5. "1945 – 1945 General Election – Huddersfield". Parliament of the United Kingdom.
  6. "Recipients of the Prize". Bernhard Harms Prize. Retrieved 9 June 2019.
  7. Cecil Woolf and John Bagguley (editors),Authors Take Sides on Vietnam, Peter Owen, 1967,(p.49).
  8. Josceline Dimbleby Billa Harrod, The Guardian, 10 June 2005
  9. Obituary: Dominick Harrod, telegraph.co.uk, 5 August 2013
  10. Volume 57, March 1947.
  11. "The Collected Writings of John Maynard Keynes | History of economic thought and methodology".
  12. For example, Skidelsky in his John Maynard Keynes: Hopes Betrayed 1883–1920 (1983) (unlike Harrod) gave prominence to Keynes's homosexual activity in his early adulthood, and to Keynes being a conscientious objector in World War I. See also, e.g., JSTOR   40257846 Markwell contrasted his account of Keynes's approach to free trade after the 1920s with Harrod's. See, Donald Markwell, John Maynard Keynes and International Relations: Economic Paths to War and Peace, 2006.
  13. United Kingdom list: "No. 41589". The London Gazette (Supplement). 30 December 1958. p. 1.
  14. Harrod Papers, archives and manuscripts catalogue, the British Library. Retrieved 2 June 2020

Bibliography

Related Research Articles

<span class="mw-page-title-main">John Maynard Keynes</span> British economist (1883–1946)

John Maynard Keynes, 1st Baron Keynes,, was an English economist and philosopher whose ideas fundamentally changed the theory and practice of macroeconomics and the economic policies of governments. Originally trained in mathematics, he built on and greatly refined earlier work on the causes of business cycles. One of the most influential economists of the 20th century, he produced writings that are the basis for the school of thought known as Keynesian economics, and its various offshoots. His ideas, reformulated as New Keynesianism, are fundamental to mainstream macroeconomics. He is known as the "father of macroeconomics".

Post-Keynesian economics is a school of economic thought with its origins in The General Theory of John Maynard Keynes, with subsequent development influenced to a large degree by Michał Kalecki, Joan Robinson, Nicholas Kaldor, Sidney Weintraub, Paul Davidson, Piero Sraffa and Jan Kregel. Historian Robert Skidelsky argues that the post-Keynesian school has remained closest to the spirit of Keynes' original work. It is a heterodox approach to economics.

<span class="mw-page-title-main">John Hicks</span> British economist (1904–1989)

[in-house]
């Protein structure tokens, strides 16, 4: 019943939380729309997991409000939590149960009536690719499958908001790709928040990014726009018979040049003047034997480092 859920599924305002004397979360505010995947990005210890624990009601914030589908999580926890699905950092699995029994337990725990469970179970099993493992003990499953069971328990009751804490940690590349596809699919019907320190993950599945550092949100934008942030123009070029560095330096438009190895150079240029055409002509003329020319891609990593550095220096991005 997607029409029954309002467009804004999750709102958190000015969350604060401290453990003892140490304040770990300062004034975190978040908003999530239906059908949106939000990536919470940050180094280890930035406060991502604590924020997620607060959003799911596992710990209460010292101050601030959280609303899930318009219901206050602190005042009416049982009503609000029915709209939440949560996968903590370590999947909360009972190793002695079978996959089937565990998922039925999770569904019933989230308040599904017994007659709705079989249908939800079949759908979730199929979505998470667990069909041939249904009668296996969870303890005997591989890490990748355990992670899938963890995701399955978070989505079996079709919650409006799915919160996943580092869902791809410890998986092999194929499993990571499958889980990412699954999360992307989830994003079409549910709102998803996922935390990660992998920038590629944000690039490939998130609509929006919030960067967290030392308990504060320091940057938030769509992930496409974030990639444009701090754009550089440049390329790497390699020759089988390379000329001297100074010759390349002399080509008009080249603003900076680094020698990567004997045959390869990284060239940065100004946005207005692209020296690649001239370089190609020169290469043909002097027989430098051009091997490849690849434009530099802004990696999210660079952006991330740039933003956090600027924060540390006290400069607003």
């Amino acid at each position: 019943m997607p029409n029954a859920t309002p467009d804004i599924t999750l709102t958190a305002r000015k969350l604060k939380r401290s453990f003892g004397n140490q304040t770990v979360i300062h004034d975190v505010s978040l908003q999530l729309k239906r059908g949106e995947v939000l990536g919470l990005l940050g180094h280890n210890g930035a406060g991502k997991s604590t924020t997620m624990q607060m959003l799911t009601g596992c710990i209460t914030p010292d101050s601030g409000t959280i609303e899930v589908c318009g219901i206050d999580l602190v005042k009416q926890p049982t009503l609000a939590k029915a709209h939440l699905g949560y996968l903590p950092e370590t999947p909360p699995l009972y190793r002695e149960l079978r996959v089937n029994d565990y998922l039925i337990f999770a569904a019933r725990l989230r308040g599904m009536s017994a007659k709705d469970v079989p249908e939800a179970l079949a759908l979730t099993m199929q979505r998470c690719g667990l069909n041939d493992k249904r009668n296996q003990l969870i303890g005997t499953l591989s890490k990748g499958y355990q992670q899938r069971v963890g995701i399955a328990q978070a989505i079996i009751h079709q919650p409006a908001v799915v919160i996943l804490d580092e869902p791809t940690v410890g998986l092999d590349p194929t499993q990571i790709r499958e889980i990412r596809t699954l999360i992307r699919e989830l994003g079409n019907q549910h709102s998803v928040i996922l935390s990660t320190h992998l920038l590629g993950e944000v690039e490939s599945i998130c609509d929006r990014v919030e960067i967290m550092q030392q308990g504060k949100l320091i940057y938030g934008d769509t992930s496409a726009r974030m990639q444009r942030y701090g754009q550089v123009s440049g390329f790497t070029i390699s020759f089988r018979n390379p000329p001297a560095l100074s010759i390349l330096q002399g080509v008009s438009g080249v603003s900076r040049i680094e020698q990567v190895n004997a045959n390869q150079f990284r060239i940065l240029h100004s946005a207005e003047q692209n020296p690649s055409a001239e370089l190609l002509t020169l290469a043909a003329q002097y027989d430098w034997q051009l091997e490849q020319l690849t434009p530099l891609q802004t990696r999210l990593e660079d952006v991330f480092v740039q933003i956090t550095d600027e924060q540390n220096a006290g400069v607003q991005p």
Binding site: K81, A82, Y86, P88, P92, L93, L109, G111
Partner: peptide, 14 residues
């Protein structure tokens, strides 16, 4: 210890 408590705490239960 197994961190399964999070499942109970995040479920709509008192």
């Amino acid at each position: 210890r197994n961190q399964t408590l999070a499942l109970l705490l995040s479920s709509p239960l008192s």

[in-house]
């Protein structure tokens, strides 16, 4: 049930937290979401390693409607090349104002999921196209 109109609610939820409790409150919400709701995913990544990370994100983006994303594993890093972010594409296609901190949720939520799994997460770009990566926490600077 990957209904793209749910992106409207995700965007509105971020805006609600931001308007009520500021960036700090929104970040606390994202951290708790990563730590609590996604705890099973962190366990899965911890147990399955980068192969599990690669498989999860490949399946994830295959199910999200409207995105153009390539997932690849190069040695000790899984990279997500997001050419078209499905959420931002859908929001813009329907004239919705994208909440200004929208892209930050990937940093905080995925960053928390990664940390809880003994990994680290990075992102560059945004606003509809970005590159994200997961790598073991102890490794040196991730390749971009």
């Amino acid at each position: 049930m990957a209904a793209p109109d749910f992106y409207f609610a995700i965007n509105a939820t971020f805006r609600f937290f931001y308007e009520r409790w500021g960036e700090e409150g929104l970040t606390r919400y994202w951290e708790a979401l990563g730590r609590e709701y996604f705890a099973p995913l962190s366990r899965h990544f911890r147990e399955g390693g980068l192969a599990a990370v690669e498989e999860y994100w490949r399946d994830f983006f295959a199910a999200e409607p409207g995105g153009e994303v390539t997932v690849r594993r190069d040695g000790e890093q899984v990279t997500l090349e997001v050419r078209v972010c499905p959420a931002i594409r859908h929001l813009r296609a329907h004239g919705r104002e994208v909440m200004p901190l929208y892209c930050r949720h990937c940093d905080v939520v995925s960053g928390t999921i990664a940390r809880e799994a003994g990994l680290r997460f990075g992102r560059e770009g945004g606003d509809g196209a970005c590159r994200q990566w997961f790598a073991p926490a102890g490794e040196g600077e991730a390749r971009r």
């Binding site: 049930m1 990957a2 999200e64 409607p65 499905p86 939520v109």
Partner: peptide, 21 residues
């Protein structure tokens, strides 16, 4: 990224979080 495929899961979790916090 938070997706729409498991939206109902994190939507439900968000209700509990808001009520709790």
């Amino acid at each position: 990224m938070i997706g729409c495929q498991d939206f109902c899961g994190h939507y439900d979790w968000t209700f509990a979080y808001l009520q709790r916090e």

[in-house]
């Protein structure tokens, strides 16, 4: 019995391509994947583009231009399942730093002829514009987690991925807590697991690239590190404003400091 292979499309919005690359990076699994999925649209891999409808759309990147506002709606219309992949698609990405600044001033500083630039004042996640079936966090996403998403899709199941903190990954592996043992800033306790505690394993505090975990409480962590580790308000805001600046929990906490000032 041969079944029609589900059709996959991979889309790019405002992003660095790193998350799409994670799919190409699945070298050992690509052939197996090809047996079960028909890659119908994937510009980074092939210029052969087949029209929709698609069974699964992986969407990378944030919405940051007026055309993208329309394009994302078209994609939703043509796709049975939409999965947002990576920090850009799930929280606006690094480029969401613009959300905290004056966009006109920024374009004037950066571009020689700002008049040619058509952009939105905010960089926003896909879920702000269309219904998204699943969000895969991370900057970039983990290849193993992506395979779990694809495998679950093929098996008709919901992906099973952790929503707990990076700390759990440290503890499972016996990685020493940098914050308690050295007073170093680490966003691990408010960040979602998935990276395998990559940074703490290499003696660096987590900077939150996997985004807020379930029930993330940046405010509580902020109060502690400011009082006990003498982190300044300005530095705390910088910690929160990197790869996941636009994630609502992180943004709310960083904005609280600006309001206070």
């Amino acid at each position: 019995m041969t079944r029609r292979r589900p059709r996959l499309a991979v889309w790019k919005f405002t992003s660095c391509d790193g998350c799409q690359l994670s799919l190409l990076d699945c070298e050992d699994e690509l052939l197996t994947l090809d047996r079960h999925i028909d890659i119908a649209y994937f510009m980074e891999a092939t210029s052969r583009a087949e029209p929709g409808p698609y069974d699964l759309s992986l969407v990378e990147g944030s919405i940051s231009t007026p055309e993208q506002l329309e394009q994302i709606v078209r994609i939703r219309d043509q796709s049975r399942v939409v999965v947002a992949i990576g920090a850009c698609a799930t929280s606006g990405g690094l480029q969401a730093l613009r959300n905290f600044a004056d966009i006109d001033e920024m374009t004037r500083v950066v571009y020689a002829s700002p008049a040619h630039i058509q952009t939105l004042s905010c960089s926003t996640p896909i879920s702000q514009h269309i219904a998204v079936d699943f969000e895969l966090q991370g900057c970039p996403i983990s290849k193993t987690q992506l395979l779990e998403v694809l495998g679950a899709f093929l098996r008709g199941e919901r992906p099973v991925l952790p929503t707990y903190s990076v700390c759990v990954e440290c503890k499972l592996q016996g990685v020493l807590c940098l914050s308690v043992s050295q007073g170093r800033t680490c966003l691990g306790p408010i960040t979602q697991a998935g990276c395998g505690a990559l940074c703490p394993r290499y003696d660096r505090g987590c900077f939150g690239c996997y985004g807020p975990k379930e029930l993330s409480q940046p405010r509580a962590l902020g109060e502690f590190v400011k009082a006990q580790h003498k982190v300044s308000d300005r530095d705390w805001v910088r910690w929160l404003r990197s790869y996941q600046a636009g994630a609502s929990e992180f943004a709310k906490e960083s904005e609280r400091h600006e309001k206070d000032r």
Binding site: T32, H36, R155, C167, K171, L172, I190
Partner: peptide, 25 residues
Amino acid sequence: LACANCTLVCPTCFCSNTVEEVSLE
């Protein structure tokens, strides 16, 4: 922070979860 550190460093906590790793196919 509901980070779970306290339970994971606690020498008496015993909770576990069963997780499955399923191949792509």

Sir John Richard Hicks was a British economist. He is considered one of the most important and influential economists of the twentieth century. The most familiar of his many contributions in the field of economics were his statement of consumer demand theory in microeconomics, and the IS–LM model (1937), which summarised a Keynesian view of macroeconomics. His book Value and Capital (1939) significantly extended general-equilibrium and value theory. The compensated demand function is named the Hicksian demand function in memory of him.

<span class="mw-page-title-main">Arthur Cecil Pigou</span> English economist (1877–1959)

Arthur Cecil Pigou was an English economist. As a teacher and builder of the School of Economics at the University of Cambridge, he trained and influenced many Cambridge economists who went on to take chairs of economics around the world. His work covered various fields of economics, particularly welfare economics, but also included business cycle theory, unemployment, public finance, index numbers, and measurement of national output. His reputation was affected adversely by influential economic writers who used his work as the basis on which to define their own opposing views. He reluctantly served on several public committees, including the Cunliffe Committee and the 1919 Royal Commission on income tax.

<span class="mw-page-title-main">Jacob Viner</span> Canadian economist

Jacob Viner was a Canadian economist and is considered with Frank Knight and Henry Simons to be one of the "inspiring" mentors of the early Chicago school of economics in the 1930s: he was one of the leading figures of the Chicago faculty. Paul Samuelson named Viner as one of the several "American saints in economics" born after 1860. He was an important figure in the field of political economy.

<span class="mw-page-title-main">Lionel Robbins</span> British economist (1898–1984)

Lionel Charles Robbins, Baron Robbins, was a British economist, and prominent member of the economics department at the London School of Economics (LSE). He is known for his leadership at LSE, his proposed definition of economics, and for his instrumental efforts in shifting Anglo-Saxon economics from its Marshallian direction. He is famous for the quote, "Humans want what they can't have."

<span class="mw-page-title-main">Colin Clark (economist)</span> British and Australian economist and statistician

Colin Grant Clark was a British and Australian economist and statistician who worked in both the United Kingdom and Australia. He pioneered the use of gross national product (GNP) as the basis for studying national economies.